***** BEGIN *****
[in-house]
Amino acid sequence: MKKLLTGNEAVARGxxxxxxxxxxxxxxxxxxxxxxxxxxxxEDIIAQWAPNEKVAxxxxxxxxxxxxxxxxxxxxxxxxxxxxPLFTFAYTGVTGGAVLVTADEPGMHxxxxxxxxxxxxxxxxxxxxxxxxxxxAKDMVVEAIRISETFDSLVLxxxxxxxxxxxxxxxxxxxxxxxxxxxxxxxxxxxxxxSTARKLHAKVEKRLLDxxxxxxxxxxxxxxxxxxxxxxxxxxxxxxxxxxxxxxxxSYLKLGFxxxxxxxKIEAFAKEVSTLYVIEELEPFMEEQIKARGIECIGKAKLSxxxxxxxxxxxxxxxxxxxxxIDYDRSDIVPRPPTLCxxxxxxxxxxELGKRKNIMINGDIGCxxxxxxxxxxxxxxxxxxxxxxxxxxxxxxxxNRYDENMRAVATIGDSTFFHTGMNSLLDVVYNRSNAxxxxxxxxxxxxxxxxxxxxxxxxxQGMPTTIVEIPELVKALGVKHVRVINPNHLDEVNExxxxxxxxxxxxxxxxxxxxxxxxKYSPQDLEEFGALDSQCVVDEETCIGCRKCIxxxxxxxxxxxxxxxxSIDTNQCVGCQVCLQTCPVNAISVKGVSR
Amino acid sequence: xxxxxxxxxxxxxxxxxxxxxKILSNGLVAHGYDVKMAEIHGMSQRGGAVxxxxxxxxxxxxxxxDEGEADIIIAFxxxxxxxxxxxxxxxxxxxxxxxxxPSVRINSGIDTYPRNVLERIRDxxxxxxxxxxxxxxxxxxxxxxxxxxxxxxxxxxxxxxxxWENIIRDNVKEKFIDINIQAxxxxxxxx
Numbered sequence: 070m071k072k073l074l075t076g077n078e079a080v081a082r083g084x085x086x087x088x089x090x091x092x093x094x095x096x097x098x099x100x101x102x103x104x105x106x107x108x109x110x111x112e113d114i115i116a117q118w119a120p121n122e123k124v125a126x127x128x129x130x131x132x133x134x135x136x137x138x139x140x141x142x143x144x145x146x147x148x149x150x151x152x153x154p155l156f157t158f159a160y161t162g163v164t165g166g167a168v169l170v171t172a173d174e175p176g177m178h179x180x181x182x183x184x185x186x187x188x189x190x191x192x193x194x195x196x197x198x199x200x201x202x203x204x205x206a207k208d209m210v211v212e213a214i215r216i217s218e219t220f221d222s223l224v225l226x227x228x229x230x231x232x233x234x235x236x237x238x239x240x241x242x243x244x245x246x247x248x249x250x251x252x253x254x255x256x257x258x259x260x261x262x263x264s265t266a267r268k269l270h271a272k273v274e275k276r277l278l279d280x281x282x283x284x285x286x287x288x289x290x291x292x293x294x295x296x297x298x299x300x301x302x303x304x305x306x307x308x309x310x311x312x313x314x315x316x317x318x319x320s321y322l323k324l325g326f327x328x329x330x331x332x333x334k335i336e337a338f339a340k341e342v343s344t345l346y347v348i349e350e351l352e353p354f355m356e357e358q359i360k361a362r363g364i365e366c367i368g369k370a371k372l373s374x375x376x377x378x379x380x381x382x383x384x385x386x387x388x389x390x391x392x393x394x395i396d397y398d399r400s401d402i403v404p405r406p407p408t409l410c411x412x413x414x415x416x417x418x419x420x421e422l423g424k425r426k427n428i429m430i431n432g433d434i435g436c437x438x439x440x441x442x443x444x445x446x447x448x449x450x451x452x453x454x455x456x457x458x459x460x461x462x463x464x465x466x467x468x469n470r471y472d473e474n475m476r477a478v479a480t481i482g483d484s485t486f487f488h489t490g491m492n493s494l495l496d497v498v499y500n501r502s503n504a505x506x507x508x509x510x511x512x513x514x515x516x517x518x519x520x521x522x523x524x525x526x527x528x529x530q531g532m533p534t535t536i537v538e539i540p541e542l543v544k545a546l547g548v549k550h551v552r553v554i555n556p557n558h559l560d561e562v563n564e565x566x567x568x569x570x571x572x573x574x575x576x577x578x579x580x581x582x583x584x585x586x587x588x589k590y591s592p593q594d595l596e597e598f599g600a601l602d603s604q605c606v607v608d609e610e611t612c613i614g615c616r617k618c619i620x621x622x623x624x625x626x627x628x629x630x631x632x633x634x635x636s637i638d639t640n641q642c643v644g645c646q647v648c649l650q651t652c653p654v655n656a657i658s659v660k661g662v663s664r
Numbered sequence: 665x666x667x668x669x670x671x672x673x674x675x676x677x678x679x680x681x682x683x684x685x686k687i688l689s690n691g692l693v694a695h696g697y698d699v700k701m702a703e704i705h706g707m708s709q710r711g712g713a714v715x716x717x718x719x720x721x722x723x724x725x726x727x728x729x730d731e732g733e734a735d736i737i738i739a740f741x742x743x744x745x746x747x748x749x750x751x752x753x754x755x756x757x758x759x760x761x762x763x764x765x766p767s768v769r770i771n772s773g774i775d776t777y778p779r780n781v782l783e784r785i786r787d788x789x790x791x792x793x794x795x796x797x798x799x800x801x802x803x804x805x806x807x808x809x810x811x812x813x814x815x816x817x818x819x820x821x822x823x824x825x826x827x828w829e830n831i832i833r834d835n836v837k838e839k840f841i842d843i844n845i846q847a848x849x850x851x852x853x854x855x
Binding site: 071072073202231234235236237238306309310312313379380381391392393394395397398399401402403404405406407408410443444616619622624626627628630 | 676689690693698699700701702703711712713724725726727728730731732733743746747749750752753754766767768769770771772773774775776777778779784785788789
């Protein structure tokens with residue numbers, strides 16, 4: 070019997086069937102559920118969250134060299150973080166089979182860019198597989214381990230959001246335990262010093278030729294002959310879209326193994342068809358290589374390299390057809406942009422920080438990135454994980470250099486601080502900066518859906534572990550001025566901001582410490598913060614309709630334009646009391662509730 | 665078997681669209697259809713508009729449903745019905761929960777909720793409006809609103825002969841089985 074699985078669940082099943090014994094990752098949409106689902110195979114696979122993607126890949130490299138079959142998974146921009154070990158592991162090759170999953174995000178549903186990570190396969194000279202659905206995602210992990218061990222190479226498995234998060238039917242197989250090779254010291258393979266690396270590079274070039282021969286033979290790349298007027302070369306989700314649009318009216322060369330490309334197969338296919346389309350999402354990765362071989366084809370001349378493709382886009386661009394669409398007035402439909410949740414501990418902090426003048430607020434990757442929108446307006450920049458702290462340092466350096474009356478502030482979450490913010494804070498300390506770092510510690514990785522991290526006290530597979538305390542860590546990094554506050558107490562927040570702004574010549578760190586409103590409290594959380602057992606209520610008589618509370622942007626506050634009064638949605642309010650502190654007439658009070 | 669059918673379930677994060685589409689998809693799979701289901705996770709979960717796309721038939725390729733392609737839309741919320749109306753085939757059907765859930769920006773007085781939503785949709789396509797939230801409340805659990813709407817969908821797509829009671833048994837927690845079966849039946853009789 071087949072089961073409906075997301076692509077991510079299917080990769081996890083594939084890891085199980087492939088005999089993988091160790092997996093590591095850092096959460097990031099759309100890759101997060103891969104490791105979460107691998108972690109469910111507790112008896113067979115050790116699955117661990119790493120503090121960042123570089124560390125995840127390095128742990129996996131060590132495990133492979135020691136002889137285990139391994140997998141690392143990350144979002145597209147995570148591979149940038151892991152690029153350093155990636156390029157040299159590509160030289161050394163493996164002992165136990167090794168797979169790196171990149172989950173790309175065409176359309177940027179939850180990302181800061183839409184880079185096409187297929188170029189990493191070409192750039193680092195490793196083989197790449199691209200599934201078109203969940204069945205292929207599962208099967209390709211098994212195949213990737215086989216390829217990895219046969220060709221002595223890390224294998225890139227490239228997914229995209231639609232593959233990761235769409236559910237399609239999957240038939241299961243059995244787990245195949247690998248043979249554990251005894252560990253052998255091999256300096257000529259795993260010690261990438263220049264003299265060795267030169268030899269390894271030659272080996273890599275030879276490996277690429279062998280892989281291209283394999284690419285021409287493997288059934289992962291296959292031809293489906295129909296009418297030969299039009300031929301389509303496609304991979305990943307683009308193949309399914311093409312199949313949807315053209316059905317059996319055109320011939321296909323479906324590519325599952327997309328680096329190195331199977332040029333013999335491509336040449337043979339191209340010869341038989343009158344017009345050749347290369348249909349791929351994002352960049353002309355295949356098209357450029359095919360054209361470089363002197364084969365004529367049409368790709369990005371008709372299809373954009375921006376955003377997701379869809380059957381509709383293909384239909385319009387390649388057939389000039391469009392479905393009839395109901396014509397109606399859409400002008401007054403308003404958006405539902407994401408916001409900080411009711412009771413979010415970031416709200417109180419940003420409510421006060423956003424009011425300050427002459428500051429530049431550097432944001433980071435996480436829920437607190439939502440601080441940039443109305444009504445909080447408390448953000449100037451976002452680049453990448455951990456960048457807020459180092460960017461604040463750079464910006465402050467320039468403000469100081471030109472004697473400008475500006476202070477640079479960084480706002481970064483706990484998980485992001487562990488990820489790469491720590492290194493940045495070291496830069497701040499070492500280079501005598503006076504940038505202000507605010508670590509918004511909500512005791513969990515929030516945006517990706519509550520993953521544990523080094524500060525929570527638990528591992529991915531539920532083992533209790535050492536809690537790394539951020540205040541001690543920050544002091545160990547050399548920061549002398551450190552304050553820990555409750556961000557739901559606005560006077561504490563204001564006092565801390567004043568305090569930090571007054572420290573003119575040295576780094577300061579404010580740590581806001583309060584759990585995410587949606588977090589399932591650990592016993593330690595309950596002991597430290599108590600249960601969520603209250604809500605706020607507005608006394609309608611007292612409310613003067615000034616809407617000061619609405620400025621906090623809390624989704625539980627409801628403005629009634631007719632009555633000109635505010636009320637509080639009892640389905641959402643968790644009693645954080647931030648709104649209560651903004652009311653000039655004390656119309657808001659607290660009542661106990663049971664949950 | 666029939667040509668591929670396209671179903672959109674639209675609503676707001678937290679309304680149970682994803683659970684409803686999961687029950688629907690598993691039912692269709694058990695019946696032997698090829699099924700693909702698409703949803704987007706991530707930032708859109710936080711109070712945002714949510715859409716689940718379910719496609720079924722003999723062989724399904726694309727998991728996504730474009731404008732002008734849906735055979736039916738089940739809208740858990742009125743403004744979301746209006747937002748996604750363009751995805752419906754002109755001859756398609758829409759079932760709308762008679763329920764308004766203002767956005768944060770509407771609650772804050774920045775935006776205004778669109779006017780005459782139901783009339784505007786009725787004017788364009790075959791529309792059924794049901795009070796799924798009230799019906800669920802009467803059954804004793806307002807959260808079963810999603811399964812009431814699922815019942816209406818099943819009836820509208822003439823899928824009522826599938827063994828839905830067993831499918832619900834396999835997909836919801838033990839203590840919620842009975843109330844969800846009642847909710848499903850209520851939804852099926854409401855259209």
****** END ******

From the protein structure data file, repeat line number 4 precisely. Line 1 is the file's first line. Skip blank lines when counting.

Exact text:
Numbered sequence: 070m071k072k073l074l075t076g077n078e079a080v081a082r083g084x085x086x087x088x089x090x091x092x093x094x095x096x097x098x099x100x101x102x103x104x105x106x107x108x109x110x111x112e113d114i115i116a117q118w119a120p121n122e123k124v125a126x127x128x129x130x131x132x133x134x135x136x137x138x139x140x141x142x143x144x145x146x147x148x149x150x151x152x153x154p155l156f157t158f159a160y161t162g163v164t165g166g167a168v169l170v171t172a173d174e175p176g177m178h179x180x181x182x183x184x185x186x187x188x189x190x191x192x193x194x195x196x197x198x199x200x201x202x203x204x205x206a207k208d209m210v211v212e213a214i215r216i217s218e219t220f221d222s223l224v225l226x227x228x229x230x231x232x233x234x235x236x237x238x239x240x241x242x243x244x245x246x247x248x249x250x251x252x253x254x255x256x257x258x259x260x261x262x263x264s265t266a267r268k269l270h271a272k273v274e275k276r277l278l279d280x281x282x283x284x285x286x287x288x289x290x291x292x293x294x295x296x297x298x299x300x301x302x303x304x305x306x307x308x309x310x311x312x313x314x315x316x317x318x319x320s321y322l323k324l325g326f327x328x329x330x331x332x333x334k335i336e337a338f339a340k341e342v343s344t345l346y347v348i349e350e351l352e353p354f355m356e357e358q359i360k361a362r363g364i365e366c367i368g369k370a371k372l373s374x375x376x377x378x379x380x381x382x383x384x385x386x387x388x389x390x391x392x393x394x395i396d397y398d399r400s401d402i403v404p405r406p407p408t409l410c411x412x413x414x415x416x417x418x419x420x421e422l423g424k425r426k427n428i429m430i431n432g433d434i435g436c437x438x439x440x441x442x443x444x445x446x447x448x449x450x451x452x453x454x455x456x457x458x459x460x461x462x463x464x465x466x467x468x469n470r471y472d473e474n475m476r477a478v479a480t481i482g483d484s485t486f487f488h489t490g491m492n493s494l495l496d497v498v499y500n501r502s503n504a505x506x507x508x509x510x511x512x513x514x515x516x517x518x519x520x521x522x523x524x525x526x527x528x529x530q531g532m533p534t535t536i537v538e539i540p541e542l543v544k545a546l547g548v549k550h551v552r553v554i555n556p557n558h559l560d561e562v563n564e565x566x567x568x569x570x571x572x573x574x575x576x577x578x579x580x581x582x583x584x585x586x587x588x589k590y591s592p593q594d595l596e597e598f599g600a601l602d603s604q605c606v607v608d609e610e611t612c613i614g615c616r617k618c619i620x621x622x623x624x625x626x627x628x629x630x631x632x633x634x635x636s637i638d639t640n641q642c643v644g645c646q647v648c649l650q651t652c653p654v655n656a657i658s659v660k661g662v663s664r